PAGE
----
How Randonautica Can Direct You To Paranormal Activity
August 07, 2020 6:00 AM ‐ Paranormal
Randonautica is an app that sends you on an adventure to a random set of GPS coordinates that are generated with your intentions in mind. So if your intent is to uncover proof of the paranormal then you will be sent on a trip somewhere near your current location which will end with creepy consequences, or at least that's what its makers claim the app can do.
Randonautica, which has been available for iPhone and Android since February, can look a little confusing at first glance, but essentially once you get into it, it's just a random location generator wrapped up in a bit of myth and pseudoscience.
The app has lead those who play the game, known as Randonauts, to some bizarre finds. Everything from a pile of human poo to human remains in a suitcase, but with more than 10 million downloads of the app there is a statistical likelihood that some user somewhere will encounter these things.
However for some the game, which has been described as dangerous, is a way to track down paranormal activity. This can be done by setting a clear intent and following the directions based on random quantum points.
Do Quantum Points Really Exist?
The app claims to point users to a random location where there is either a high or low density of quantum points, depending on what the user has selected. So, does this mean that quantum points really exist and that they've been mapped or are detectable?
The term "quantum point" is a little misleading since the app actually gives you three methods of random number generation and only one of them uses quantum information as a source of entropy. So calling these locations quantum points is actually inaccurate.
Furthermore the app claims that it detects quantum points in your area. This is impossible. Your phone doesn't have any technology built in that would allow the detection of a point nearby of any kind. It's simply a point based on a random number, although it's not quite that simple.
The thing to remember is that it's not actually a quantum point that the app is directing you to. The location it gives you is merely based on the distribution of these points. The app lets you choose exactly how it generates the coordinates in three main ways, either as an attractor, a void, or an anomaly.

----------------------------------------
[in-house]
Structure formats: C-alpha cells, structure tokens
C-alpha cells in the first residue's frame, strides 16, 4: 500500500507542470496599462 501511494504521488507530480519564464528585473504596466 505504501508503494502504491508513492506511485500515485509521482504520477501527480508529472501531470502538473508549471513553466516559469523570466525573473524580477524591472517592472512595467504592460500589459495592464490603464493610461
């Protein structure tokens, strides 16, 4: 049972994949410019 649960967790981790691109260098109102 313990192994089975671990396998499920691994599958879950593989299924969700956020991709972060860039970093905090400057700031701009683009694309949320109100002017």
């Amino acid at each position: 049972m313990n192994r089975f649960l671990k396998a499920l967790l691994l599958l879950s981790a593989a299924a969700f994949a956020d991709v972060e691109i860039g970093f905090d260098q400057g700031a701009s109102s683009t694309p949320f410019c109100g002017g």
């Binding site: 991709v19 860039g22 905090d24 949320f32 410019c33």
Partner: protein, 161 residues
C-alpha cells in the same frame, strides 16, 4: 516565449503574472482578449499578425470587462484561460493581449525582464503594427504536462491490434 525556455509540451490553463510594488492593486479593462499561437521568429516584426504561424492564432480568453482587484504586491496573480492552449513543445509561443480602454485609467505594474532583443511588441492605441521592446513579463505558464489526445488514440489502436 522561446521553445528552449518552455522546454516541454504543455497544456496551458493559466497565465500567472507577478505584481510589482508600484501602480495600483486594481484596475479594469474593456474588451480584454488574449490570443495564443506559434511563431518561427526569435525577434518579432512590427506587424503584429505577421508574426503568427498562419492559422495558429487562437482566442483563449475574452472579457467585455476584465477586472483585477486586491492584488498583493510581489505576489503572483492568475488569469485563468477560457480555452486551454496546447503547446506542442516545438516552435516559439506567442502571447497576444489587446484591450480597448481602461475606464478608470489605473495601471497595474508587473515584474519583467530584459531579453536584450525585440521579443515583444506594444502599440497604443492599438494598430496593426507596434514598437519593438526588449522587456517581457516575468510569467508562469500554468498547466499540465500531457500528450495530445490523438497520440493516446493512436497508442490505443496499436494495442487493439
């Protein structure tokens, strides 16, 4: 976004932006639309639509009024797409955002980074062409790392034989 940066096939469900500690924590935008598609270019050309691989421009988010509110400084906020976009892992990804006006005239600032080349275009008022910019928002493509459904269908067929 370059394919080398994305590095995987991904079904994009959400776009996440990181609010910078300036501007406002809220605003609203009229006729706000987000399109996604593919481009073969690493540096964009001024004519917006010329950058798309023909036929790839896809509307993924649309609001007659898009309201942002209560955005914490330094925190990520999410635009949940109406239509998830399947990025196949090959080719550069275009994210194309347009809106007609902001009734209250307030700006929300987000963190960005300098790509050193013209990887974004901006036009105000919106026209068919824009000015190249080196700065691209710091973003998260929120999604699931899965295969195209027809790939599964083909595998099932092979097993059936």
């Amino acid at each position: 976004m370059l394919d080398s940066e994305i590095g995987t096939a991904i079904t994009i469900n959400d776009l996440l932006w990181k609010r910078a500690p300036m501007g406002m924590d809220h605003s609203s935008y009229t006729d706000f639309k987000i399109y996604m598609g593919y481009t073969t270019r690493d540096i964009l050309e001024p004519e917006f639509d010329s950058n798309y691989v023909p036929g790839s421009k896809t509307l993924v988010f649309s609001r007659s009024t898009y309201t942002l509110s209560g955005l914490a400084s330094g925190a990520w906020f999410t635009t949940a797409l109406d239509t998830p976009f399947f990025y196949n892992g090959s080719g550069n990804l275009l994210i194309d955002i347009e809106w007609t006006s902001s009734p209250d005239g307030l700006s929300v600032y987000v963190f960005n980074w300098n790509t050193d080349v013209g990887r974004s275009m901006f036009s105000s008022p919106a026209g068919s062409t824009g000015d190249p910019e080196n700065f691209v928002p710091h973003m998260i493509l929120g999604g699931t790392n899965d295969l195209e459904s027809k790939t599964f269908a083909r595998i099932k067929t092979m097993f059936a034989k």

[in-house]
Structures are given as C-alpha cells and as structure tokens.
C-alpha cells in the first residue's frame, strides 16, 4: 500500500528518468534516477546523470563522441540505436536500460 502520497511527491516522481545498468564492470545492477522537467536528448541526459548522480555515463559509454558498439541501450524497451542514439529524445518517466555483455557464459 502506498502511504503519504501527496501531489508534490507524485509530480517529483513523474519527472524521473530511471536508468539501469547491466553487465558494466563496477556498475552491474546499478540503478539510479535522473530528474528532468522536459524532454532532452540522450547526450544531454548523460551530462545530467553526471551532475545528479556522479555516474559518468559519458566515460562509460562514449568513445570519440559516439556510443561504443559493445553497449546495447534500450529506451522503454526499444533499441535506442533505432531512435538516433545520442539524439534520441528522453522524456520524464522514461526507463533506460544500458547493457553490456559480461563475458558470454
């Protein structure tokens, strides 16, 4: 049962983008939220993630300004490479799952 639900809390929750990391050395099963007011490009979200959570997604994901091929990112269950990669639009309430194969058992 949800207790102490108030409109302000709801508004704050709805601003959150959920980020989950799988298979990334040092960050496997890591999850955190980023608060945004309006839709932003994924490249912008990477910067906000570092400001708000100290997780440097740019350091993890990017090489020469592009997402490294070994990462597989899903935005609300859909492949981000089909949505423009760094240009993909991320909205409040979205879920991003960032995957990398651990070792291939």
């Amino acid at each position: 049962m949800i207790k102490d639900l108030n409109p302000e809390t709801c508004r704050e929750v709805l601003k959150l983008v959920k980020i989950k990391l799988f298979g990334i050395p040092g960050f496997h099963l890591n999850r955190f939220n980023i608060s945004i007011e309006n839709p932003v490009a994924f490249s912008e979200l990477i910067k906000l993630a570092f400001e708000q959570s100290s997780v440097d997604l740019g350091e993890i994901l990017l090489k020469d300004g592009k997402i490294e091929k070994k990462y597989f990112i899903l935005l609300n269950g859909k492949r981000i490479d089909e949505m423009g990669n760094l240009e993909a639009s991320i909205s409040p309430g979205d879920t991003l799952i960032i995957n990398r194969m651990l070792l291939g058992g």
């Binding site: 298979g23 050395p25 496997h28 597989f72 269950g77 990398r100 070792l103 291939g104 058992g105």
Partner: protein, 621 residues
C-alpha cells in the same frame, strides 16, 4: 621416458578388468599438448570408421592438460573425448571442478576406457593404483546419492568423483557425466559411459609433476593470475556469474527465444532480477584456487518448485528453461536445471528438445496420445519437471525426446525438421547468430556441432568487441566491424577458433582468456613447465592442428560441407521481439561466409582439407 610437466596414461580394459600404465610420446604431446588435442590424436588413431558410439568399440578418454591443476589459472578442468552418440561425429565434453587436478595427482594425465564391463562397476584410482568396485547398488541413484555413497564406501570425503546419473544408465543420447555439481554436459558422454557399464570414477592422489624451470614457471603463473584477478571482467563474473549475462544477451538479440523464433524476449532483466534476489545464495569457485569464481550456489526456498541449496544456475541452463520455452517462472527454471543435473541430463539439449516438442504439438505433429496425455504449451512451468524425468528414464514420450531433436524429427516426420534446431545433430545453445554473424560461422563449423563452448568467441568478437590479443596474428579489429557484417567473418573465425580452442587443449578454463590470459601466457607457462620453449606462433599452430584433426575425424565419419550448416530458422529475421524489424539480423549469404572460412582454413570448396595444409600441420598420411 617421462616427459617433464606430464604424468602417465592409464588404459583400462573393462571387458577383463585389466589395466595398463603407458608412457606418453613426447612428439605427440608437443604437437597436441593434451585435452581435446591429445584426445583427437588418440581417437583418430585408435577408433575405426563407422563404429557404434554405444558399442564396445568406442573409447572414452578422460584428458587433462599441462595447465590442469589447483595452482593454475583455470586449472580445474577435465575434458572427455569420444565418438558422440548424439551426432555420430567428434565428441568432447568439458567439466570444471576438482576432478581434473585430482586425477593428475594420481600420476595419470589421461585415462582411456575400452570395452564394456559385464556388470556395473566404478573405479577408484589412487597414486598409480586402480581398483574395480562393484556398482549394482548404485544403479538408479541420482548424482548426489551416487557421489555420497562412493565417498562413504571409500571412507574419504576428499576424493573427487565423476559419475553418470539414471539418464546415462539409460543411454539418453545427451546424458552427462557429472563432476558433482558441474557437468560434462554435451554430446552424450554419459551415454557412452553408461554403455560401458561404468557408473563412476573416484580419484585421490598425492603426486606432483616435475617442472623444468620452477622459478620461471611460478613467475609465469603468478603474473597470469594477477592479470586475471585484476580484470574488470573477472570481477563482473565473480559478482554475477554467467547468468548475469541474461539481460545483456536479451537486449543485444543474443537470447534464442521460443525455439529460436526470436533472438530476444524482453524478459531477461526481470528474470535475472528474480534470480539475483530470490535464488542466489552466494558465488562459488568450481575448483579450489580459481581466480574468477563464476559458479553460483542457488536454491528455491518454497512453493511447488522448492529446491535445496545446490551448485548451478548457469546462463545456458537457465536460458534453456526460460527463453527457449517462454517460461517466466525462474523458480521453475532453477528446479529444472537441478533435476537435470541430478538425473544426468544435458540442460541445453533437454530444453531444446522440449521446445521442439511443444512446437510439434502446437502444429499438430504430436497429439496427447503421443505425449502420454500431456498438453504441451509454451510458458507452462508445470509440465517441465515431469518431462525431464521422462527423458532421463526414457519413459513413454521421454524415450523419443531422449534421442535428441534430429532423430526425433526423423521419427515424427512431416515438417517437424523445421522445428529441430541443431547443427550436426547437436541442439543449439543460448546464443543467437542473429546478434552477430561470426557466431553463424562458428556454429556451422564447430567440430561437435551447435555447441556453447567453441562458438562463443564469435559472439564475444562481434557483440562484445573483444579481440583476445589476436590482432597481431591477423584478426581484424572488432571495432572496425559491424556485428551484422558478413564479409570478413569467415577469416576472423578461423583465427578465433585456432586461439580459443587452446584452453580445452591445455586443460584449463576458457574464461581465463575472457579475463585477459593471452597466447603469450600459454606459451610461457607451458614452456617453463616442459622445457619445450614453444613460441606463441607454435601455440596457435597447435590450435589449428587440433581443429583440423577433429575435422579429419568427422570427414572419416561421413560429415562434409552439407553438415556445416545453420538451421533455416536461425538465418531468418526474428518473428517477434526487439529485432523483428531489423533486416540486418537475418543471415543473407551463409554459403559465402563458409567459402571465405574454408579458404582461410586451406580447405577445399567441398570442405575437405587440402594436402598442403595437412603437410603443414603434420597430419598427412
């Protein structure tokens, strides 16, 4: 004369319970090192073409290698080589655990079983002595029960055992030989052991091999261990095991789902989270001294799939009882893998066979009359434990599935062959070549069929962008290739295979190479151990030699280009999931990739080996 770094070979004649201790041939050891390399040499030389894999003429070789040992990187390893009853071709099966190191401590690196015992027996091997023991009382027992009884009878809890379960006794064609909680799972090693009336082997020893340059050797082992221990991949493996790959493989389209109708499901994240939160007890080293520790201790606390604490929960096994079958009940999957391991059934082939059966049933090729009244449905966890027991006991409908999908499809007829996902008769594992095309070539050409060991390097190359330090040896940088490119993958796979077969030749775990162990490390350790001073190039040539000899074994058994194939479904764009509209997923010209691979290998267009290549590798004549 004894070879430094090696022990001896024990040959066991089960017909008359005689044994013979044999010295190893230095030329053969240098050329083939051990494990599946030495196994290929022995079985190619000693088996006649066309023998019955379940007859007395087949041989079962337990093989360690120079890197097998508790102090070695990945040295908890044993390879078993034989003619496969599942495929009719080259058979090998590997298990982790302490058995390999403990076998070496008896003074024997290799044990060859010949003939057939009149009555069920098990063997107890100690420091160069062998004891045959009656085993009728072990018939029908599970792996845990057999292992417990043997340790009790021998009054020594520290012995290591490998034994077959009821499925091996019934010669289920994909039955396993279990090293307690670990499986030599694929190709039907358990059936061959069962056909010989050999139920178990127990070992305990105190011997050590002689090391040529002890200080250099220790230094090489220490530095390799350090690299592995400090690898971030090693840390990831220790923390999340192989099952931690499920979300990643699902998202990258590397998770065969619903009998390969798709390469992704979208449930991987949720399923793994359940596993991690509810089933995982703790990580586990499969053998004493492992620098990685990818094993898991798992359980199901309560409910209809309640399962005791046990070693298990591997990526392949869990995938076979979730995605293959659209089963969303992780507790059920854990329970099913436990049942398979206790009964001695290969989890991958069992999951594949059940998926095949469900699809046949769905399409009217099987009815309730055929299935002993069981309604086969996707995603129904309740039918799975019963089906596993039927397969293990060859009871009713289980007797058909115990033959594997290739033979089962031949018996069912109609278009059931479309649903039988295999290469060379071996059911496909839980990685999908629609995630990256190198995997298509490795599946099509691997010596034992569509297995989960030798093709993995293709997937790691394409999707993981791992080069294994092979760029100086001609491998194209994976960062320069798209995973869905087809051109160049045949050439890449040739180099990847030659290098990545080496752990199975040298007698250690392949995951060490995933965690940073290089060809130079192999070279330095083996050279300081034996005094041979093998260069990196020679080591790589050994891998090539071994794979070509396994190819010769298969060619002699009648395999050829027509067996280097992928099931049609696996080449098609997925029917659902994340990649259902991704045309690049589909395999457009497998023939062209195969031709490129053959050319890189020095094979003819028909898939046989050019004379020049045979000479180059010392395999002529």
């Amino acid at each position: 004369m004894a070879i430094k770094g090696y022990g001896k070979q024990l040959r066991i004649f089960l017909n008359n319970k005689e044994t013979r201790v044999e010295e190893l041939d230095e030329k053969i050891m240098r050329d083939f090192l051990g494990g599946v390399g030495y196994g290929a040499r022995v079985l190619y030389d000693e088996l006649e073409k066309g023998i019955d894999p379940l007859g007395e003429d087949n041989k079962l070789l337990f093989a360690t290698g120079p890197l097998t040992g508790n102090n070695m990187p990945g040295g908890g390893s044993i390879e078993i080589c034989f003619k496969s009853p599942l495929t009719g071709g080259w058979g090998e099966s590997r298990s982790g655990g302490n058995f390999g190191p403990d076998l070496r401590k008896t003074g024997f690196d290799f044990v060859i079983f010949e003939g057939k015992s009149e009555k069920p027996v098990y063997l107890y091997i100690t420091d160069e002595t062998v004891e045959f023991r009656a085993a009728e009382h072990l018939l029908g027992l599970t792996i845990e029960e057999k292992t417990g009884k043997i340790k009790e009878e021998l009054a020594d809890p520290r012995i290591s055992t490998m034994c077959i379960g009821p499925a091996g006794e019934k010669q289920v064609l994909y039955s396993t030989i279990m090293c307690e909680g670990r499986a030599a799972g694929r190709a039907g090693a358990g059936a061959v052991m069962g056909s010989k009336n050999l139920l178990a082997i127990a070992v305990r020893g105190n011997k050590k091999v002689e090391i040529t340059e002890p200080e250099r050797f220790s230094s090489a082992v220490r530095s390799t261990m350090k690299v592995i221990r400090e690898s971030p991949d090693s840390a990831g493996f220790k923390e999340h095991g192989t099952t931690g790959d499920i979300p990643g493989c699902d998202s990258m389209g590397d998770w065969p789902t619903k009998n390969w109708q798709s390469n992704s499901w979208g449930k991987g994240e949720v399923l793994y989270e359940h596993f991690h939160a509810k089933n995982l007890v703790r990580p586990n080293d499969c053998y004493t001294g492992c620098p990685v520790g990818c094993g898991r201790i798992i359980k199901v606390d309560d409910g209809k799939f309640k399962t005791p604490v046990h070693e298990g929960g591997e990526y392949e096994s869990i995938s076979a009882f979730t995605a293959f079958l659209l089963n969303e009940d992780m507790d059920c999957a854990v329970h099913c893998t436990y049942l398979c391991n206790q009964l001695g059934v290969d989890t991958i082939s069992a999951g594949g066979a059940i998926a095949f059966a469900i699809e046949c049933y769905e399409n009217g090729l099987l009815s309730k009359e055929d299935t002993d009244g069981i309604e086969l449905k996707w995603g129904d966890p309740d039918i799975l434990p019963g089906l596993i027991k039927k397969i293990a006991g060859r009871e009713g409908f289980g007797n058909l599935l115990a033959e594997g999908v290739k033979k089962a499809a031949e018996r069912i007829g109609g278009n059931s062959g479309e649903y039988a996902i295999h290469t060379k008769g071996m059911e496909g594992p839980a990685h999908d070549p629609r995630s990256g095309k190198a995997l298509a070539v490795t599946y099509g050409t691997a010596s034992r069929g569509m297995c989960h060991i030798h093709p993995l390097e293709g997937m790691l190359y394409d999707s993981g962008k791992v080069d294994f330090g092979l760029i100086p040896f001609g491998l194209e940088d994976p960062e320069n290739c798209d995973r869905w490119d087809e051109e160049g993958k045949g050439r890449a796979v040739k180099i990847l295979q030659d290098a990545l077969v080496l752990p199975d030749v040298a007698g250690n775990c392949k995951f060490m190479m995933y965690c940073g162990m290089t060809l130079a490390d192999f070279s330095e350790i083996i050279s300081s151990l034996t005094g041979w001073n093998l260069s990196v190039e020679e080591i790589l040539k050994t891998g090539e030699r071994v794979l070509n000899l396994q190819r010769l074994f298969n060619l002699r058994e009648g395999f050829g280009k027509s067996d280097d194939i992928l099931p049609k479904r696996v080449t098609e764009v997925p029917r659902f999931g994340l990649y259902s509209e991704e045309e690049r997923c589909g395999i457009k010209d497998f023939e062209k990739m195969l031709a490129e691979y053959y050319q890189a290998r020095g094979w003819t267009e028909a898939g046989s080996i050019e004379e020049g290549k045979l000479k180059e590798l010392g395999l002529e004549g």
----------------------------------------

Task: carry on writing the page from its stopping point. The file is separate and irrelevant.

Attractor: A location in an area with a high concentration of quantum points
Void: A location in an area with a low concentration of quantum points
Anomaly: The app looks at the distribution of quantum points and picks a location where there is an unusual pattern, this could be high or low concentration
What's actually happening is that the app plots a series of random points near you. While this process is taking place the app asks you to focus on your intent. So you might think about discovering wealth, a new hobby, a peaceful place, or even something paranormal. The idea is that your intent, your thoughts, can change the random distribution of these points.
Setting an intention is something that witchcraft practitioners will know all about. When performing a spell or ritual they will always try to set a clear and powerful intent. In the case of this app, it's said that if your intent is strong enough you may be able to influence the random nature of the number generator and affect its outcome.
Once the app has plotted these points it then looks to generate some coordinates based on the instructions you've given it. Statistically there should be an even distribution of points across the map, but they app is looking for areas where you may have managed to influence the distribution with your intent.
If you've requested an attractor, then it will look for an area with an unnaturally high concentration of points. If you've request a void, then it will look for an empty region of the map. An anomaly is an area where the app detects an unusual patten of points, which again could indicate that the user's intent has affected the spread of points.
There's also one other mode of operation called pseudo. This option will randomly select a coordinate without plotting points on the map first. Of course there's still the possibility to potentially influence this random position, but rather than dealing with the distribution of multiple points, you're just focusing your intent on one.
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Can Human Thoughts Really Influence Random Numbers?
Well, this is the big question and there's no simple answer. It's known as direct mental influence or Micro-PK, the PK referring to psychokinesis.
The idea isn't new, there have been plenty of studies conducted over several decades by parapsychologists and even the CIA to ascertain whether this is possible or not. Including a well-documented study conducted at Princeton University's Princeton Engineering Anomalies Research (PEAR) laboratory.
The study found clear and highly significant evidence that human consciousness and intention can affect the behaviour of random number generators. Although as you might have guessed, there were some issues with the experiment, including doubts over whether the numbers generated in the experiment were truly random to begin with.
Why not test this theory for yourself with our random number generator. Tap the button to start and while the app counts down it will be generating ten random numbers in the background. Make your intent clear and concentrate on a number between one and ten. Once the countdown is complete ten random numbers will appear on the screen.